LISA Pathfinder exceeds expectations
The 'test masses', two identical cubes made of gold and platinum (2 kg, 4.6 x 4.6 x 4.6 cm), float inside the spacecraft, surrounded by the optical bench that measures their position. Credit: ESA

Even with the intricate system to protect the test mass from spurious forces, the LISA Pathfinder spacecraft doesn't perfectly shield it. However, the cube is effectively protected tens of thousands of times better than has been achieved in any previous experiment in free fall.


Explore further

Video: Testing gravity—inside LISA Pathfinder

More information: Sub-Femto-g Free Fall for Space-Based Gravitational Wave Observatories: LISA Pathfinder Results, Physical Review Letters, journals.aps.org/prl/abstract/ … ysRevLett.116.231101
Journal information: Physical Review Letters

Citation: Prototype gravitational wave spacecraft sets new free fall record (2016, June 7) retrieved 23 July 2019 from https://phys.org/news/2016-06-prototype-gravitational-spacecraft-free-fall.html
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Jun 07, 2016
Science of stupid!

KBK
Jun 07, 2016
Rumour spreadin' a-'round in that Texas town
'bout that shack outside La Grange
and you know what I'm talkin' about.
Just let me know if you wanna go
to that home out on the range.
They gotta lotta nice girls.

Jun 07, 2016
Rumour spreadin' a-'round in that Texas town
'bout that shack outside La Grange
and you know what I'm talkin' about.
Just let me know if you wanna go
to that home out on the range.
They gotta lotta nice girls.

Man, you have a long way to go to meet the chicks you dig: LaGrange (P1) 1.5 million kilometers.

Haw, haw, haw, haw

Jun 08, 2016
Eighteen years is a long time to wait for the LISA program to be fully operational at L1. In the meantime we have LIGO, but by the time that 3 LISA is sent up in 2034, LIGO may have to be updated or expanded or completely renovated as its parts age and have to be replaced.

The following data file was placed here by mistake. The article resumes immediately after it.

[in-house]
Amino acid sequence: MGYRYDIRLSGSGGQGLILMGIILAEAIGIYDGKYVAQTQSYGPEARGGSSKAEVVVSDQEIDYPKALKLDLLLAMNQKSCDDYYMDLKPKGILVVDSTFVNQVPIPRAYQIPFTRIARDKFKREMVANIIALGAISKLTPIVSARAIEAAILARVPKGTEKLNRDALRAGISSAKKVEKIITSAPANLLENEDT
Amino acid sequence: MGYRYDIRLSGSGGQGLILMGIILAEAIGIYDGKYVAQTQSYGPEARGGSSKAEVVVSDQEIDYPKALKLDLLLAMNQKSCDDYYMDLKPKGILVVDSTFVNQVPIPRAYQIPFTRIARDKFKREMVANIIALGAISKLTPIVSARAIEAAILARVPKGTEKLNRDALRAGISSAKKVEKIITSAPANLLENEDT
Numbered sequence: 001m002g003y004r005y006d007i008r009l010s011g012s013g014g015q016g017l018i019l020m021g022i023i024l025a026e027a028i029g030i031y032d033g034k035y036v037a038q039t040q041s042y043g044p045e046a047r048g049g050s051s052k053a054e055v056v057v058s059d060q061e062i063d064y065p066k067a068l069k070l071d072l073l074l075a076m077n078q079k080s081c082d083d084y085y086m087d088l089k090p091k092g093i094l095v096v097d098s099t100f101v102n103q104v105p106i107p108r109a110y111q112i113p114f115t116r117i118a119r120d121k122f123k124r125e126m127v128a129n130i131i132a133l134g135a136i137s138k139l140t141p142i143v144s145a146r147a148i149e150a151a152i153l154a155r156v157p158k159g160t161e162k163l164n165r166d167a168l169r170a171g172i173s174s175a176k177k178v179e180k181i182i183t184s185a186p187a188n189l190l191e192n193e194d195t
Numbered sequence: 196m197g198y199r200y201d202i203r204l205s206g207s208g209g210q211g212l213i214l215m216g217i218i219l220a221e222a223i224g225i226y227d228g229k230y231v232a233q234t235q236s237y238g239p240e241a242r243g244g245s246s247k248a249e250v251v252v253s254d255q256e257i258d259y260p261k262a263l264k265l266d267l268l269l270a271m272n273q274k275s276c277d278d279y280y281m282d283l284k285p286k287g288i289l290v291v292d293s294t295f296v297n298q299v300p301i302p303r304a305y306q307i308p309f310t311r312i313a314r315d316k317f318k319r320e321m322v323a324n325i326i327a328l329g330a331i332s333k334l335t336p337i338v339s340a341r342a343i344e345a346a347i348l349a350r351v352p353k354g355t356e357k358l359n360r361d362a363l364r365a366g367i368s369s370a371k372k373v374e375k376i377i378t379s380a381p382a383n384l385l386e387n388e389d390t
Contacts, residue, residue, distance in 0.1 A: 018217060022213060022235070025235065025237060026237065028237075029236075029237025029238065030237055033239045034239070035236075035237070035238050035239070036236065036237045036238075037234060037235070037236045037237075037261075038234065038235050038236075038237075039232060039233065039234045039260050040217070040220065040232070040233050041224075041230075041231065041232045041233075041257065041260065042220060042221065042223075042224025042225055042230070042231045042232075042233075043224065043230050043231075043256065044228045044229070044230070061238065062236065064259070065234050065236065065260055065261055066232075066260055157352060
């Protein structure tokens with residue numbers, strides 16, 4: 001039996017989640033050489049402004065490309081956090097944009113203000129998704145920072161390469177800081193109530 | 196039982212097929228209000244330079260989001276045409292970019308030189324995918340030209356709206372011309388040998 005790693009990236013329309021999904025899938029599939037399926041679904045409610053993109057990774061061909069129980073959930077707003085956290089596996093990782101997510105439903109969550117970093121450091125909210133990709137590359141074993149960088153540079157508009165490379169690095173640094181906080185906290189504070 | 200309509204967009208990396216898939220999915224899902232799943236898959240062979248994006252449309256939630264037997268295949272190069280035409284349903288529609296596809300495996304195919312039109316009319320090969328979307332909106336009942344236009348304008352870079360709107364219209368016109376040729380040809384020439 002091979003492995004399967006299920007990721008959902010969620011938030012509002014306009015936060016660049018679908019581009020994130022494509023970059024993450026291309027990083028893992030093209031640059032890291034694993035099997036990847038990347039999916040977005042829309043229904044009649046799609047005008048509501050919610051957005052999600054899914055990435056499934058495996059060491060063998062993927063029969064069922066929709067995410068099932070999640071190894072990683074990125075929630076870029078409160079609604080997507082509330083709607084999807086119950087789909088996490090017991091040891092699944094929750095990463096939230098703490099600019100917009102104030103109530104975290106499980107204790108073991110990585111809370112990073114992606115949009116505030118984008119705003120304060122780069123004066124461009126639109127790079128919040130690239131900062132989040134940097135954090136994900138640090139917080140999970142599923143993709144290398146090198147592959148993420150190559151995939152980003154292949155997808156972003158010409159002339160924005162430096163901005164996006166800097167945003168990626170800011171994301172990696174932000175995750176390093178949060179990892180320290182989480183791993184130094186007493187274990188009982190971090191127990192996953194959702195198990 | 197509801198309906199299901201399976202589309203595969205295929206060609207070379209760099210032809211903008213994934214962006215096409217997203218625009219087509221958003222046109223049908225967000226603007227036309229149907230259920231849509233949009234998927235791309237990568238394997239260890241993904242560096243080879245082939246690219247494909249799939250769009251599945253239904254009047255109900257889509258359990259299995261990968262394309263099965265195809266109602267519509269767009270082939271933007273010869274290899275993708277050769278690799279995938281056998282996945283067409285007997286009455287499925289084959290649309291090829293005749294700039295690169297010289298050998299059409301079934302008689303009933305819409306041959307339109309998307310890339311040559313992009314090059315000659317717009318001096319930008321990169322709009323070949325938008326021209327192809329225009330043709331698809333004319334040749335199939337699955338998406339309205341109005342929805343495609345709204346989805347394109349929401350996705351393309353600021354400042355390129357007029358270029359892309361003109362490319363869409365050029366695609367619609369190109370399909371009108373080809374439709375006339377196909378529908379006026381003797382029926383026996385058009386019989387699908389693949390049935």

The question is, if LIGO is still operational in 2034, will it be possible for LIGO to work in conjunction with LISA to catch the waves?
What if the grav waves are just a random blip now, but sometime in the future it is "seen" to be happening faster? What could that mean and have researchers considered that possibility and its potential consequences?
A tsunami of gravitational waves could mean that a binary BH is approaching? Or is that mere speculation premature at this stage? Just wondering.

Jun 09, 2016
Who is going to harvest this absolute treasure when this experiment turns out to be pure fiction or gets surpassed by more modern techniques?
2 kgs of high purity gold and platinum is just waiting to be snagged. I'm sure there must be some kind of retrieval plan for this.

Jun 09, 2016
This comment has been removed by a moderator.

Jun 09, 2016
Who is going to harvest this absolute treasure when this experiment turns out to be pure fiction or gets surpassed by more modern techniques?

Do you occasionally engage your brain before posting?

2kg of pure platinum costs - at today's prices - roughly 30k $ (a hunk of gold and platinum costs less...but since they don't say what the percentages of composition are this is 'worst case'.)
So three of these makes 90k worth of precious metals.

Now think about how much it would cost to fly up there with an even minimal retrieval unit.

Now do the math (I know...math ain't your style...but in this case even you should be able to see the problem)

Jun 10, 2016
Spot on to the last two posts! FredPendejo needs a cork.